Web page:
Thursday, August 09, 2012

A long day


After an unsuccessful detached retina operation on his left eye in 2007, my father depends on his right eye for reading and getting around, so when he said yesterday that his eyesight had suddenly deteriorated and he couldn't see the time on his watch, I was alarmed. He also said that sight was returning to his left eye which had been dead for 5 years. We arrived at Boots Opticians in Winchester at 12.50. The optician was also alarmed. After various tests, she sent us off to the Eye Casualty at Southampton Hospital and we got there at 3pm.
We saw a nurse at 3.45.
Nurse: "How are your eyes?"
Father:"It's amazing that the sight is returning to my left eye!"
WW: "The reason we're here is that the sight in the right eye has suddenly got worse."
Nurse: "Look at the screen and read the bottom-most line you can."
Father: "I can't see anything."
The nurse tried covering one eye, then covering one and holding a cover with just a pin prick hole through it over the other. My father still saw nothing. We were sent back to the waiting room.
A blood test was taken at 5pm.
Father: "It's amazing that my left ear has suddenly come back!"
Nurse: "I'm sorry but I'm not a hearing specialist."
We saw the doctor at 6pm and were told that blood vessels have burst behind the right eye and there is a retinal vein occlusion. We should not leave the hospital until we'd have the results of the blood test. The nurse  offered us a cup of tea, which she brought in bone china mugs along with a side table.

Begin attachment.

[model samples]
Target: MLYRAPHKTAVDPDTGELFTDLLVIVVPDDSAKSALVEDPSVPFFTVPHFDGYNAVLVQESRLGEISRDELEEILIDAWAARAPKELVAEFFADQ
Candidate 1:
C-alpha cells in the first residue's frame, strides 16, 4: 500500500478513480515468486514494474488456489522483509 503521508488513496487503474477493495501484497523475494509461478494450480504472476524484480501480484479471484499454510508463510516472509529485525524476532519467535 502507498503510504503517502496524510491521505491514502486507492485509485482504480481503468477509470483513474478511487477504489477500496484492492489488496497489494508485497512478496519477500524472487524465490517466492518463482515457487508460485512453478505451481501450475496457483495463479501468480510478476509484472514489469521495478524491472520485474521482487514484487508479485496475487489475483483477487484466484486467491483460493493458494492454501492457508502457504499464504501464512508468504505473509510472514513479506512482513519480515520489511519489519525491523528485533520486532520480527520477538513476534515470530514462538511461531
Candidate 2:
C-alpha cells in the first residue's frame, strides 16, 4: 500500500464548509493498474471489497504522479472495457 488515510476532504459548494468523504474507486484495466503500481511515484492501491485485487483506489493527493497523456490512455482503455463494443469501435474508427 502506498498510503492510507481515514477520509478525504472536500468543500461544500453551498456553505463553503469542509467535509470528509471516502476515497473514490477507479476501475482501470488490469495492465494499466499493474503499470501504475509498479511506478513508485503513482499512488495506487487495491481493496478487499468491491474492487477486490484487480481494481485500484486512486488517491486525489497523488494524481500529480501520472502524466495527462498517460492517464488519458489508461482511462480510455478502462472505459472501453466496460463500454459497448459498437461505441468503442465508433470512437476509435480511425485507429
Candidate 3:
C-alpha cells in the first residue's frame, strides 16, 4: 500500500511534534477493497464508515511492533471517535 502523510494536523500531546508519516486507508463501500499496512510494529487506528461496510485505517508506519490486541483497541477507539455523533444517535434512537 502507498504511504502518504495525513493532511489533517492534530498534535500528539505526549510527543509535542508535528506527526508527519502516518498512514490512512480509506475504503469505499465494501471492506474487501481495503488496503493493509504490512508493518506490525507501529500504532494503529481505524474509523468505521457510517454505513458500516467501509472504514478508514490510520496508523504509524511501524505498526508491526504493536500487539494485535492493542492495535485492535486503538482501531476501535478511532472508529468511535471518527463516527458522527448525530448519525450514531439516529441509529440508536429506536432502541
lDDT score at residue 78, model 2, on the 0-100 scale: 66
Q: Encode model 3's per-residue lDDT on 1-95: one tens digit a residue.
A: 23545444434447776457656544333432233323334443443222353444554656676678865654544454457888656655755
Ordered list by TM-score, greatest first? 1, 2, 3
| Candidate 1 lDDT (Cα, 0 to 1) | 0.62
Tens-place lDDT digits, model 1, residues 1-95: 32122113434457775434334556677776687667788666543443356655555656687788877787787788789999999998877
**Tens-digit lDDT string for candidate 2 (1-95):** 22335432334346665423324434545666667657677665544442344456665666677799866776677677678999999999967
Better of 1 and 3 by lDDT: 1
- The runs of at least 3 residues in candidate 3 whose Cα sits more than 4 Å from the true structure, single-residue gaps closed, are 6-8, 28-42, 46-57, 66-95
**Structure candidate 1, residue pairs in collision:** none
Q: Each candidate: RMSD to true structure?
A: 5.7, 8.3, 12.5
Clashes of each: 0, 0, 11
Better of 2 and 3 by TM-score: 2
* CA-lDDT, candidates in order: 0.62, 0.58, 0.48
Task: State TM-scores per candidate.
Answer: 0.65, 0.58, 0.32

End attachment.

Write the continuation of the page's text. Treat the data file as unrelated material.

WW: "Very good service here!"
Nurse: "I don't want to have to fill in paperwork to explain why you've spilt hot tea down yourself!"
By this time, we'd exhausted all the reading material in the unit so I resorted to The Tailor of Gloucester from the children's section.
The blood test results came through at 7.30pm and were fine. The doctor said there's nothing that can be done to restore my father's sight but there's a 35% chance the occlusion may clear. He's referring my father to the Eye Clinic. He advised me to bring the car round from the main car park to the Eye Unit to collect my father.
I drove round and walked back to the unit, waving at my father through the glass door. The door wouldn't open. No staff seemed to be on my father's side of the door. There was a notice on my side of the door saying that the Unit closed at 7pm. I spotted a nurse coming in the building behind me and asked if she could open the door. She could not but she signalled to my father to press a switch on the right hand wall. The lights went off in his room. "No, not that switch! The one next to it!" she shouted. His hand hovered over the alarm button. "Not that one!" the nurse shouted, "The next one!" The next one was marked "DOOR" but of course my father couldn't read that. He found the button, nevertheless, and escaped. We got home at 8.45pm.


2 Comments:

Blogger Angus said...

Well done for taking it all so calmly ! Lifes never dull. There are so many things about ageing that one can only learn from experience.

9:45 am  
Blogger Winchester whisperer said...

Thank you for you kind words, Angus. At least my father's memory is so poor that today he has no recollection of being at the hospital!

10:09 am  

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